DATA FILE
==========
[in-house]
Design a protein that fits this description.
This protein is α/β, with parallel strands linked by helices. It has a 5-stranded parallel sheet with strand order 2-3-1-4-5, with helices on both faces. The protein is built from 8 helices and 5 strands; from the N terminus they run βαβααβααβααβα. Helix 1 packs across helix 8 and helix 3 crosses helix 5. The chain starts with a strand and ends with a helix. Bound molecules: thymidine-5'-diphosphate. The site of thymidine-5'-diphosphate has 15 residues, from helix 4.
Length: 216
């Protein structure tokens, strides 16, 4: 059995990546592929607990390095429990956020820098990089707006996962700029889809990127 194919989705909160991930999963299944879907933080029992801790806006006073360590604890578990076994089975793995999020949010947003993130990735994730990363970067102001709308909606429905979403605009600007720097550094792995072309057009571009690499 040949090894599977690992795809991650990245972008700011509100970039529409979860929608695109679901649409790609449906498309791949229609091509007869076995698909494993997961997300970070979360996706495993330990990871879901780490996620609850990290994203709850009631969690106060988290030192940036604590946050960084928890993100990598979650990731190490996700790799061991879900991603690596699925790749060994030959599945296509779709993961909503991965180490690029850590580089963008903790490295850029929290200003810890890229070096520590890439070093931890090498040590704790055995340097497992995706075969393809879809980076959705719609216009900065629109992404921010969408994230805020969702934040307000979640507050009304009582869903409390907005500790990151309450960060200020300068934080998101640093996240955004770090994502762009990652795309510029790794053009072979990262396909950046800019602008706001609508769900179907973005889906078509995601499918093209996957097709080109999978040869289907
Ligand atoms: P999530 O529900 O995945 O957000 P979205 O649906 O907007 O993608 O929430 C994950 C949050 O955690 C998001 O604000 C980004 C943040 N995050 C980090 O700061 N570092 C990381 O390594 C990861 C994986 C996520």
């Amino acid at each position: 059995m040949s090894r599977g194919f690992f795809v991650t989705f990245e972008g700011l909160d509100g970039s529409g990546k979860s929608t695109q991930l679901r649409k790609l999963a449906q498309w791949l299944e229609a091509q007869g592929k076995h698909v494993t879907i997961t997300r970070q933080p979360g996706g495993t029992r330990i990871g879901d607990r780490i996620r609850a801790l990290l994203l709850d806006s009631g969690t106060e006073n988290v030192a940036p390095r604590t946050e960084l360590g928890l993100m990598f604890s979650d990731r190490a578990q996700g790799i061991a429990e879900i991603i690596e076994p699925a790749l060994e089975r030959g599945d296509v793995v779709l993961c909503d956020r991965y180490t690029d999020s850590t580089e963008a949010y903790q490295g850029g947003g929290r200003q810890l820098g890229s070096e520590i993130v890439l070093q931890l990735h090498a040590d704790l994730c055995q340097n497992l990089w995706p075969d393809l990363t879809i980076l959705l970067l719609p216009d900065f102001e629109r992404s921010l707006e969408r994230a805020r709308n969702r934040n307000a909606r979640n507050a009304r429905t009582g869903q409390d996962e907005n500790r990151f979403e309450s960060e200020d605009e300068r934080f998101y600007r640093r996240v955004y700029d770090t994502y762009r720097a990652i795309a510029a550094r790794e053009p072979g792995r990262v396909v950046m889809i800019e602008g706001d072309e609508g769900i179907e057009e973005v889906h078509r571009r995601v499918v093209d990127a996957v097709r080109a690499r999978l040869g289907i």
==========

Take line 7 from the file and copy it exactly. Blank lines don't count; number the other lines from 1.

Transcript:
């Amino acid at each position: 059995m040949s090894r599977g194919f690992f795809v991650t989705f990245e972008g700011l909160d509100g970039s529409g990546k979860s929608t695109q991930l679901r649409k790609l999963a449906q498309w791949l299944e229609a091509q007869g592929k076995h698909v494993t879907i997961t997300r970070q933080p979360g996706g495993t029992r330990i990871g879901d607990r780490i996620r609850a801790l990290l994203l709850d806006s009631g969690t106060e006073n988290v030192a940036p390095r604590t946050e960084l360590g928890l993100m990598f604890s979650d990731r190490a578990q996700g790799i061991a429990e879900i991603i690596e076994p699925a790749l060994e089975r030959g599945d296509v793995v779709l993961c909503d956020r991965y180490t690029d999020s850590t580089e963008a949010y903790q490295g850029g947003g929290r200003q810890l820098g890229s070096e520590i993130v890439l070093q931890l990735h090498a040590d704790l994730c055995q340097n497992l990089w995706p075969d393809l990363t879809i980076l959705l970067l719609p216009d900065f102001e629109r992404s921010l707006e969408r994230a805020r709308n969702r934040n307000a909606r979640n507050a009304r429905t009582g869903q409390d996962e907005n500790r990151f979403e309450s960060e200020d605009e300068r934080f998101y600007r640093r996240v955004y700029d770090t994502y762009r720097a990652i795309a510029a550094r790794e053009p072979g792995r990262v396909v950046m889809i800019e602008g706001d072309e609508g769900i179907e057009e973005v889906h078509r571009r995601v499918v093209d990127a996957v097709r080109a690499r999978l040869g289907i």